Former President Donald Trump encouraged the public to get a COVID-19 vaccine—and noted that a lot of people who are hesitant about getting vaccinated are his own supporters.
Trump quietly received a COVID-19 vaccine in January, CNN reported, and said he “would recommend it” in a Fox News interview this week. “And I would recommend it to a lot of people that don’t want to get it, and a lot of those people voted for me, frankly,” he continued. “We have our freedoms and we have to live by that and I agree with that also,” Trump said. “But it’s a great vaccine, it’s a safe vaccine, and it’s something that works.”
Although he doesn’t name it specifically, Trump is likely talking about the Pfizer/BioNTech vaccine, which was authorized in December 2020. This is now one of three vaccines that the Food and Drug Administration (FDA) has authorized for emergency use, including one from Moderna and one from Johnson & Johnson in addition to the Pfizer vaccine.
While Trump’s pro-vaccine message is a welcome one, it’s important to point out how damaging his (and his larger administration’s) overall response to the pandemic was—and continues to be. Trump knew just how deadly the coronavirus was over a year ago, according to recordings published by the Washington Post, and admitted to downplaying the risks in public. He used racist rhetoric to refer to the coronavirus as recently as this Tuesday, Newsweek reports, which happened to be the same day that a white man shot and killed eight people, including six Asian women, in Atlanta.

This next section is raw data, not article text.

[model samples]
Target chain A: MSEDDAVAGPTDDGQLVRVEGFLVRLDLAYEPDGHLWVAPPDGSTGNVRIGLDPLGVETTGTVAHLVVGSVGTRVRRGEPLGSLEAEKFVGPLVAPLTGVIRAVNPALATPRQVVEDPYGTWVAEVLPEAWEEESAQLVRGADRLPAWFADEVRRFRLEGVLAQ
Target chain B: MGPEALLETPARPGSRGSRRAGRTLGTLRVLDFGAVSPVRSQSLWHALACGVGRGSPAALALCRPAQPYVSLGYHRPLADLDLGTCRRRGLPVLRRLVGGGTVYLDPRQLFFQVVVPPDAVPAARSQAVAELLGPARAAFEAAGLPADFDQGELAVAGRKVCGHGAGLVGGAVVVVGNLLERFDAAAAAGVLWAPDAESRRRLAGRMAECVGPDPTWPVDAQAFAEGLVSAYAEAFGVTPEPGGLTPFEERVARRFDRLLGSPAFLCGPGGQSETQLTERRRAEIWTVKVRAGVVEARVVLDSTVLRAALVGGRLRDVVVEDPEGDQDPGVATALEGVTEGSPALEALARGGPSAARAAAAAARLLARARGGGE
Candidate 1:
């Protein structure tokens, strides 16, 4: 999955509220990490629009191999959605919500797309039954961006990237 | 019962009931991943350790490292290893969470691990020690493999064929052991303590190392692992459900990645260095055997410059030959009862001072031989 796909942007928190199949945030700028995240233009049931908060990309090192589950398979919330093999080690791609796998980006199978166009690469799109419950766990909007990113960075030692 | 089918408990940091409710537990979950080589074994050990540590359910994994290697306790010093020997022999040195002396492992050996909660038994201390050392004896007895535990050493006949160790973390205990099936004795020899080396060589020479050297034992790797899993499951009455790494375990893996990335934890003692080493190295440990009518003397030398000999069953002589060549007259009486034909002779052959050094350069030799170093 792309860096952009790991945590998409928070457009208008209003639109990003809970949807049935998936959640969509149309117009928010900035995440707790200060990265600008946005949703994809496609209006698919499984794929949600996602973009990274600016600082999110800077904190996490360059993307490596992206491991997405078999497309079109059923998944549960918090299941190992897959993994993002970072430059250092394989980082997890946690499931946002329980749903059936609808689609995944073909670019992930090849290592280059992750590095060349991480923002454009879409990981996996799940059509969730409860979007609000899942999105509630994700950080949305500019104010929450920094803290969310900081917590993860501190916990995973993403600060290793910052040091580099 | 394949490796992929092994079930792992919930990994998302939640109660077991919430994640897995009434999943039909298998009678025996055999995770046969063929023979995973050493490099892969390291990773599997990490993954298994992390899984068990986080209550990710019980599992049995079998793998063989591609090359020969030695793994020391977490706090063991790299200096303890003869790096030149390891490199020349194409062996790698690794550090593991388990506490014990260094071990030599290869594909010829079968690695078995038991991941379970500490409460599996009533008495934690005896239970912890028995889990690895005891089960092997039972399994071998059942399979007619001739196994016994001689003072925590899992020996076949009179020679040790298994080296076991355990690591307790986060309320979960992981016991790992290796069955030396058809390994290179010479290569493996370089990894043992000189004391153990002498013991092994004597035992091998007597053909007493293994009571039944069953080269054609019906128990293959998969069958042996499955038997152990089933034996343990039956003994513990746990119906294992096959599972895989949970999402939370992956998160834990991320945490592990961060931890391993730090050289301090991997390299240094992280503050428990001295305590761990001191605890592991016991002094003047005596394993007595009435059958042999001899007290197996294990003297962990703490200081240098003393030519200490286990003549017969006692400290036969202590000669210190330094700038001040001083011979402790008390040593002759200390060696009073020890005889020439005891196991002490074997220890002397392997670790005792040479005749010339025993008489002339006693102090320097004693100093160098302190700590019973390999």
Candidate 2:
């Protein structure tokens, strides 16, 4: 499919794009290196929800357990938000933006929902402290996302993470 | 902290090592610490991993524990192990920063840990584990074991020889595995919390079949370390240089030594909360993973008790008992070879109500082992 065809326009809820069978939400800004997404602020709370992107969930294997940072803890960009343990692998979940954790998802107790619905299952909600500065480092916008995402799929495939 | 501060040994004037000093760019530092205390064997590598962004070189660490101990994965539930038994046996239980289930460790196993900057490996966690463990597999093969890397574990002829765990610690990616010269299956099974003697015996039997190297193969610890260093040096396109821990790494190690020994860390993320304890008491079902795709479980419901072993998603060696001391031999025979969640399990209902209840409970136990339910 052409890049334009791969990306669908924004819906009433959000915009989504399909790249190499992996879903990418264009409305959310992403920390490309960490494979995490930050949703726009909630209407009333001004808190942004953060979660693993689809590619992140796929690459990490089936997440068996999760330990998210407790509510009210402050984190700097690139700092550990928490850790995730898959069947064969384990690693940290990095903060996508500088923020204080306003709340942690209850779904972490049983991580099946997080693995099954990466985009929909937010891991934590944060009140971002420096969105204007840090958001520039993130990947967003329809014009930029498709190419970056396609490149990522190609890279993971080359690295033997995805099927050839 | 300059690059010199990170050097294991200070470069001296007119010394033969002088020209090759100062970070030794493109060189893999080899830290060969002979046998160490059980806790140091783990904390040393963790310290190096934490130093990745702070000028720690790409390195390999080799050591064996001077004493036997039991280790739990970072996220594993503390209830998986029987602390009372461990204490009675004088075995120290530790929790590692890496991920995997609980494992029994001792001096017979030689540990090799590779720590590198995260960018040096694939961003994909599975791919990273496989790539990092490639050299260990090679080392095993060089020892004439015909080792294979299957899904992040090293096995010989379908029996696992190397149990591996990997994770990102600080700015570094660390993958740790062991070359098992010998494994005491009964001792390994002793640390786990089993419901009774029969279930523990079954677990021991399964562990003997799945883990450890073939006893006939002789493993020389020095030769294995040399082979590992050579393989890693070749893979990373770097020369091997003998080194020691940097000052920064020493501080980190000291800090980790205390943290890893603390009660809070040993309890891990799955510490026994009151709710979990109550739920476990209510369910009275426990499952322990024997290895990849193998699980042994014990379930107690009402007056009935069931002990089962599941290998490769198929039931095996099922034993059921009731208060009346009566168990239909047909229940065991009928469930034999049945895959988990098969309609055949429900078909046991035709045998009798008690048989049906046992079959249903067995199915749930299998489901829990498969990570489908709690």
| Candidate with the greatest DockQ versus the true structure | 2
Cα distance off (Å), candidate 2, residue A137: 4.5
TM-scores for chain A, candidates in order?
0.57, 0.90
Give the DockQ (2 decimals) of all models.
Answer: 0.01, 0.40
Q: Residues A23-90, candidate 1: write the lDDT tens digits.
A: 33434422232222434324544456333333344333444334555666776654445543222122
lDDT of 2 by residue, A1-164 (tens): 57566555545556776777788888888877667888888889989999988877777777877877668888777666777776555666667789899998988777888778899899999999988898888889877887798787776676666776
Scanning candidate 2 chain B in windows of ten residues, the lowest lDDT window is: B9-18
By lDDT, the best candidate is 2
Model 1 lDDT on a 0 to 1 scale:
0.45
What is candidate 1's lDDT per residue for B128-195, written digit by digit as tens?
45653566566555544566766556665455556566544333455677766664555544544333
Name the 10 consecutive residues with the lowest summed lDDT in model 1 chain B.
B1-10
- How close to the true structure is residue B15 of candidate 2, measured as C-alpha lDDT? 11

And in this new Fox interview, Trump took full credit for the vaccine, saying that, without him and the government’s Operation Warp Speed, it would have taken “many, many” years to get a COVID-19 vaccine. In reality, while Pfizer partnered with Warp Speed to scale up the manufacturing and distribution of the vaccine, the company did not receive any assistance from the government during the development process.
Throughout the pandemic, Trump’s rhetoric has encouraged anti-Asian violence and hate crimes. It’s also made it more difficult for the U.S. to contain the pandemic because basic public health measures, like social distancing and wearing masks, became highly politicized, Anthony Fauci, M.D., director of the National Institute of Allergy and Infectious Disease, said in a recent interview. Considering how significantly Trump through his words and actions exacerbated the pandemic’s deadly toll on the country, his comments encouraging followers to get the vaccine seem like the very (very) least he could do.